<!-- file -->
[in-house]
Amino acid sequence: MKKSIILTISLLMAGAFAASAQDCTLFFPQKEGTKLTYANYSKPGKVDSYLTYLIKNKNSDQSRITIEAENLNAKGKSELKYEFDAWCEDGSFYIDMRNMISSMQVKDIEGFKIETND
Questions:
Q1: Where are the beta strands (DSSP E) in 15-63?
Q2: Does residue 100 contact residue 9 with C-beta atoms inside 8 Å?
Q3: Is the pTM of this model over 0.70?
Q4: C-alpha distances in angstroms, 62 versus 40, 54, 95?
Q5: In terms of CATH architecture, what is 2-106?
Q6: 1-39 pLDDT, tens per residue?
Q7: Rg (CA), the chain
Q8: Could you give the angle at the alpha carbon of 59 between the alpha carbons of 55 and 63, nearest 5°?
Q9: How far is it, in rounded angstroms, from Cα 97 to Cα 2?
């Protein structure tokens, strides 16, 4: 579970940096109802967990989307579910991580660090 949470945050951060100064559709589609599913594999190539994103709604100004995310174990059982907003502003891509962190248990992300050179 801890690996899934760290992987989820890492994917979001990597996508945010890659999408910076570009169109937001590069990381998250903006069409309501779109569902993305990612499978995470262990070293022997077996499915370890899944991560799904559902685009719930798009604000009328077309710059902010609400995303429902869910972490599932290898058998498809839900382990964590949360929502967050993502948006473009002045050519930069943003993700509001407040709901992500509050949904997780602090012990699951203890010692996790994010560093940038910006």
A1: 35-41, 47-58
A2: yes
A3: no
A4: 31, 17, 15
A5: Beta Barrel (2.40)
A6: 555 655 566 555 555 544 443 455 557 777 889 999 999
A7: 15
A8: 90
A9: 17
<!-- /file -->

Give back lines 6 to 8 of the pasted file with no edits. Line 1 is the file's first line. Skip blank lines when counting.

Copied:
Q3: Is the pTM of this model over 0.70?
Q4: C-alpha distances in angstroms, 62 versus 40, 54, 95?
Q5: In terms of CATH architecture, what is 2-106?